Physicists tend to think of universality (the details don't matter) as a physical phenomena. However, in the early days of this blog I posted about how I became aware that the central limit theorem in mathematics is an example of universality.
Terence Tao has a nice article intended for a popular audience ,“E pluribus unum: from complexity, universality” that gives several examples of universality in mathematics and physics. The figures are particularly nice.
Some of the examples given include the law of large numbers, the central limit theorem, and Benford's law.
"A histogram of the first two digits of accounts payable data of a major software company, together with the Benford's law prediction. (Source: Journal of Accountancy)"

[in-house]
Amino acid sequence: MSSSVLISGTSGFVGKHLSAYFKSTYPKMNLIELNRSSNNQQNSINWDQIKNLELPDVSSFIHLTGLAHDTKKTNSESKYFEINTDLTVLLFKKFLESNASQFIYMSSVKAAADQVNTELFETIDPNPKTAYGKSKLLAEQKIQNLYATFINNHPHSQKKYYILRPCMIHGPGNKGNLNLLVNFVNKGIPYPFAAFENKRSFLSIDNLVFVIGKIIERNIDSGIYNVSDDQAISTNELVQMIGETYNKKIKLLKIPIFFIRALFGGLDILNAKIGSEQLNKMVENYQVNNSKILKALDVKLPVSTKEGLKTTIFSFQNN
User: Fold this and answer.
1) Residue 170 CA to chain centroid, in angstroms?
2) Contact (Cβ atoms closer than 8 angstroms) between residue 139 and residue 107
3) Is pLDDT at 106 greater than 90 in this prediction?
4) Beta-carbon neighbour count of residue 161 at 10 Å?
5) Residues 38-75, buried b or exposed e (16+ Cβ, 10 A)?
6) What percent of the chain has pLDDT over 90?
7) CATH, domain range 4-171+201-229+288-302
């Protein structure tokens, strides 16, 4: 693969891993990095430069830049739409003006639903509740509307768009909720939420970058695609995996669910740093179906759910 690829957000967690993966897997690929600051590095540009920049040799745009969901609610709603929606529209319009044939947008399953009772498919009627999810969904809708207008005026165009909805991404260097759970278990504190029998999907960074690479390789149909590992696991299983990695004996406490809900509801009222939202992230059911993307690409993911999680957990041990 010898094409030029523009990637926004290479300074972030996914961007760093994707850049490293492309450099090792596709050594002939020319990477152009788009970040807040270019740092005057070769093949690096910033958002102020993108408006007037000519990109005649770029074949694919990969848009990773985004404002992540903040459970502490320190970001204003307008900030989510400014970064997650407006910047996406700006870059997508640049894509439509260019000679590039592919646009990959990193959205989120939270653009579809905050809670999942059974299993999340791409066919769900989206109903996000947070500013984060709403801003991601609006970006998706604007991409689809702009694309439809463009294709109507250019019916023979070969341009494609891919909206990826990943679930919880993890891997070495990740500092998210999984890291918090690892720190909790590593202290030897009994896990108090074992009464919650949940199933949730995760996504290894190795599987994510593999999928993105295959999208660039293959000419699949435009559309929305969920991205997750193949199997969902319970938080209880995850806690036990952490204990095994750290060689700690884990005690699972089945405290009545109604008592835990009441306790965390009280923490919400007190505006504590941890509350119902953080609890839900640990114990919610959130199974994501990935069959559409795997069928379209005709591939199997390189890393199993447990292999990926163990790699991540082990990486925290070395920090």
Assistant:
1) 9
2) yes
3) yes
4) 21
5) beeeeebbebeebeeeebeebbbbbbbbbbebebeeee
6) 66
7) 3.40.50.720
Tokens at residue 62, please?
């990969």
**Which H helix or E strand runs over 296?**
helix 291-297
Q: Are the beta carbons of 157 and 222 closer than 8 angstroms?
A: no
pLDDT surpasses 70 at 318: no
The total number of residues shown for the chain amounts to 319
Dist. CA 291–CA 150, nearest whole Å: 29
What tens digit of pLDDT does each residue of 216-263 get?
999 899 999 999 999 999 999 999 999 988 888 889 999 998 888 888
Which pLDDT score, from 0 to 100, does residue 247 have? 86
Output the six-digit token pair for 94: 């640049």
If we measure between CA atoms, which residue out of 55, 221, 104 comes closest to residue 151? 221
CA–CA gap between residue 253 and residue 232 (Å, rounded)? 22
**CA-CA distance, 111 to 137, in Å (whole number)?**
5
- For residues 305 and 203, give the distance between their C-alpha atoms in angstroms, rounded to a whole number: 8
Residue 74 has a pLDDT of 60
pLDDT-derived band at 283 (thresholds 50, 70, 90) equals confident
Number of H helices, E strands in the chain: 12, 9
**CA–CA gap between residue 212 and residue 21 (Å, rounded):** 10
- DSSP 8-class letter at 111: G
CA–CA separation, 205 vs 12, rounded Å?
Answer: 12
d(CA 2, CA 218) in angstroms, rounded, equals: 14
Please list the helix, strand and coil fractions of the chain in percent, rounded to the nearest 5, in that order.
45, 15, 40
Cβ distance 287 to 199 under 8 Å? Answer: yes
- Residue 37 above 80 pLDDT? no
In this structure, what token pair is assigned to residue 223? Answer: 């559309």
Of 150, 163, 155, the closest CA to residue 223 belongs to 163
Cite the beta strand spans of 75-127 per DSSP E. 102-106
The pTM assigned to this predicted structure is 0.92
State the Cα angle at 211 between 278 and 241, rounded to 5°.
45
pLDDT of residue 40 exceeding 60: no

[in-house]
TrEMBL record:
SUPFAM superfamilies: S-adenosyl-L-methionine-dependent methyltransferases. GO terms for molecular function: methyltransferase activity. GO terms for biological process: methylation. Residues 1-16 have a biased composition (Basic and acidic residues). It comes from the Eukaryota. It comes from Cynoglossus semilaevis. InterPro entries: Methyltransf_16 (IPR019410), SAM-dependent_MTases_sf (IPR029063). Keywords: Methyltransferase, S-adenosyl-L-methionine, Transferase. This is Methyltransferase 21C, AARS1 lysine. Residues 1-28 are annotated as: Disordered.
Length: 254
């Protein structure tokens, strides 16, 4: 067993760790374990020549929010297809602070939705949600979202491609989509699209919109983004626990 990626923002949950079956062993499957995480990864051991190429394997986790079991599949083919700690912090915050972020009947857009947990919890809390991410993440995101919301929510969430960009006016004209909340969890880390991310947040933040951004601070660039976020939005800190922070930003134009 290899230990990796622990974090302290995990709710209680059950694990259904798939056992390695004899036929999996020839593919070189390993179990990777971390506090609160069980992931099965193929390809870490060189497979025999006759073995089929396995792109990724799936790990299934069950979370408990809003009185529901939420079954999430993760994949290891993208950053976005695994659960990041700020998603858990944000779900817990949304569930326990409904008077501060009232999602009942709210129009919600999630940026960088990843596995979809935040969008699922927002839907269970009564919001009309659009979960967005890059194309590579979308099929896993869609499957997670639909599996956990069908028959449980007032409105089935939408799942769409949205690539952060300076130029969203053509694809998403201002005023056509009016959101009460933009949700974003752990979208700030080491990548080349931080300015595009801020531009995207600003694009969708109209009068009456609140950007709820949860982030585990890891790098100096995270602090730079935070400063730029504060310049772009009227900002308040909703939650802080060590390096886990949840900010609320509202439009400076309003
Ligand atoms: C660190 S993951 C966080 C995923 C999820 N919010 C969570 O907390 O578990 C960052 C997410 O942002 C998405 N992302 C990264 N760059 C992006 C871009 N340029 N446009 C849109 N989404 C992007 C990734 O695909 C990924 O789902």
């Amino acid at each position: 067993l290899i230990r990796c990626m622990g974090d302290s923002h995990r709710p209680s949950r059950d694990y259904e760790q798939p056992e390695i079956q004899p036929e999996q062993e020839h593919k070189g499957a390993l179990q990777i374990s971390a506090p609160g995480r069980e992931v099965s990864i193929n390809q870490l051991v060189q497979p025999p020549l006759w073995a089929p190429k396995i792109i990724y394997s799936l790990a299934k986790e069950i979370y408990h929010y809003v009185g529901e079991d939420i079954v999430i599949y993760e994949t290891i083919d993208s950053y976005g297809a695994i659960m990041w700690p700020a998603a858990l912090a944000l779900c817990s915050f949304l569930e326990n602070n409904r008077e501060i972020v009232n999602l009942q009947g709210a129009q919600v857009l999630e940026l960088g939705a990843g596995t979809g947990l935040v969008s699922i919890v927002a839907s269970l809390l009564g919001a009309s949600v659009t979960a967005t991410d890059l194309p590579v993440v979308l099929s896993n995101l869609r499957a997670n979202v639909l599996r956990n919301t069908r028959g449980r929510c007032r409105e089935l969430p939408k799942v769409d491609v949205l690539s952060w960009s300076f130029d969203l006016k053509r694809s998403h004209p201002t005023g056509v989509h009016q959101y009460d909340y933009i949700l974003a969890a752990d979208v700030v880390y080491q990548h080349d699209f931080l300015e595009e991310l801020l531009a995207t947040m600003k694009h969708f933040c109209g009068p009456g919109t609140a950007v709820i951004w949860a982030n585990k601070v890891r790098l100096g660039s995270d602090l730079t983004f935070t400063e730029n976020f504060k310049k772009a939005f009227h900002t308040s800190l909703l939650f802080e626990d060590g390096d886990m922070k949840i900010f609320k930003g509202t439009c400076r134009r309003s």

The nicest part of the article is the discussion of the connections between random matrix theory, energy level spacings in nuclear physics, and the spacing of prime numbers and zeros of the Riemann zeta function. Universality is reflected in them all being described by the same probability distribution.
"A histogram of spacings between bus arrival times in Cuernavaca (Mexico), in crosses; the solid line is the prediction from random matrix theory. (Source: Krbalek-Seba, J. Phys. A., 2000)"
"Spacing distribution for a billion zeroes of the Riemann zeta function, and the corresponding prediction from random matrix theory. (Source: Andrew Odlyzko, Contemp. Math. 2001)"
These connections between mathematics and physics raise subtle philosophical questions as to whether the emergence of universality in physics is "just" a reflection of universality in mathematics.